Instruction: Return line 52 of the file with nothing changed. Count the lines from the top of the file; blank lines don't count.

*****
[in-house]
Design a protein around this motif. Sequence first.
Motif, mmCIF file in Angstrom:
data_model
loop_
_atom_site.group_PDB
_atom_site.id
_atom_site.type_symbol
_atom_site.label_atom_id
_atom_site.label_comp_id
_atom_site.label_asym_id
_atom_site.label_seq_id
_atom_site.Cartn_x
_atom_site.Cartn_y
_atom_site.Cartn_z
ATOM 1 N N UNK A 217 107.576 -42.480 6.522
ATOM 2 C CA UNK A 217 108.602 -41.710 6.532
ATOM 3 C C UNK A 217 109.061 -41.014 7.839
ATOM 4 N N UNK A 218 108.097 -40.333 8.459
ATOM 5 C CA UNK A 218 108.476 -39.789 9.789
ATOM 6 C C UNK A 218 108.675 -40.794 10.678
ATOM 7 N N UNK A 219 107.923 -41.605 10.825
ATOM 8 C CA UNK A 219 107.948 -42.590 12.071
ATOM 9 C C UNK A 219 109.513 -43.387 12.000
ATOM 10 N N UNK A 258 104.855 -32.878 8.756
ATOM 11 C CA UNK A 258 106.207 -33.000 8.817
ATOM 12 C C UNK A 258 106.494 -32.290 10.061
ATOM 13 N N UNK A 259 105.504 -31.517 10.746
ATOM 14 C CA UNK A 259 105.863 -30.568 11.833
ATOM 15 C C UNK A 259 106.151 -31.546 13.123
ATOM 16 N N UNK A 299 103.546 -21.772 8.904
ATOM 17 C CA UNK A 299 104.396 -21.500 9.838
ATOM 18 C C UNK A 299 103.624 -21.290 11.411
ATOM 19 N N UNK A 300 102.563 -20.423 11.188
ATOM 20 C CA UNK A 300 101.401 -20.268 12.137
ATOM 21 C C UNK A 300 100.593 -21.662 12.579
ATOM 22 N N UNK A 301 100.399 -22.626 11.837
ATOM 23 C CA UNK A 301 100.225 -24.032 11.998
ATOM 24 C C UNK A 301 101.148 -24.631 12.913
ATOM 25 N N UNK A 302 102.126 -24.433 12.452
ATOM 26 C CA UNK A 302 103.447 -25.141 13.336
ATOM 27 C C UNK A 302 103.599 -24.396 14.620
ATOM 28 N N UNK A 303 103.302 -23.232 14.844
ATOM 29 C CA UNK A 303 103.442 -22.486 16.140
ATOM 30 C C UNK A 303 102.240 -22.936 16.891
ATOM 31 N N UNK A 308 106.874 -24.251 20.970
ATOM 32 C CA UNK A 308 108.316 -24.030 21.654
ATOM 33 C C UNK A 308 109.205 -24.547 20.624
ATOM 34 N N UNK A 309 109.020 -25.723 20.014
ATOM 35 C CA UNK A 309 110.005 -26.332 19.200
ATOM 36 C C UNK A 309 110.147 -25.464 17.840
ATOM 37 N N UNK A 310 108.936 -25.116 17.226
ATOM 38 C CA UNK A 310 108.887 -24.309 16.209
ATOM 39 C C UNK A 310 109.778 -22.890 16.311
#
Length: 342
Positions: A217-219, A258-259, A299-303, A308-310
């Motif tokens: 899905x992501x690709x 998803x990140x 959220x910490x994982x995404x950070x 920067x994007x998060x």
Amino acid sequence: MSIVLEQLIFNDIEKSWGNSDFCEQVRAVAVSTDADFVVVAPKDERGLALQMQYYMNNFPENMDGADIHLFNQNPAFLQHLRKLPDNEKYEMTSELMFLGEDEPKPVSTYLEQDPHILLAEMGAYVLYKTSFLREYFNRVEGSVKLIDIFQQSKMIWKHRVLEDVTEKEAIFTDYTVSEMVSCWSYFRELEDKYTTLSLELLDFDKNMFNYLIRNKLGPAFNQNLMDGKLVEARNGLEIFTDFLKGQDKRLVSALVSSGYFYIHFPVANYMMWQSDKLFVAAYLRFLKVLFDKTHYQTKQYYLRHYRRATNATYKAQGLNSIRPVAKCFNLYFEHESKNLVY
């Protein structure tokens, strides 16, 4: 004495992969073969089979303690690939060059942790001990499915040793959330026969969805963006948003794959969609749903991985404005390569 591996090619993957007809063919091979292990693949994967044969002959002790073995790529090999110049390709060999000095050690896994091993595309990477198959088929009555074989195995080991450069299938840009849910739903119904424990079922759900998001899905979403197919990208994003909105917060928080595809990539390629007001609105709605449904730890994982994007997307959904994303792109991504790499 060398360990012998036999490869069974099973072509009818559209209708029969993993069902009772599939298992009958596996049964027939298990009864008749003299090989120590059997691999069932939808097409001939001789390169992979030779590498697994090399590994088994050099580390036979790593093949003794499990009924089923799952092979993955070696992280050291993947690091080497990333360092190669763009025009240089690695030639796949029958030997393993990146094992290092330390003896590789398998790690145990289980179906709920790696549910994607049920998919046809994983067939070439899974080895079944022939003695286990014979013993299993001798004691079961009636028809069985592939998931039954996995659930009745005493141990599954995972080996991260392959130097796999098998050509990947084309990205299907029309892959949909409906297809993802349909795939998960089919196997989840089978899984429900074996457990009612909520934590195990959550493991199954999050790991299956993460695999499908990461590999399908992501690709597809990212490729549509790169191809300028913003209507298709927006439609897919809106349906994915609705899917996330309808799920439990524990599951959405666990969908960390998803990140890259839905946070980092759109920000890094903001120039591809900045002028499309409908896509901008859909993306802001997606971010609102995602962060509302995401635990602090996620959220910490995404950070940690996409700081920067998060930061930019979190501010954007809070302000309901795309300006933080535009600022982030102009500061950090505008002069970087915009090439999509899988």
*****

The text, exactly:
ATOM 37 N N UNK A 310 108.936 -25.116 17.226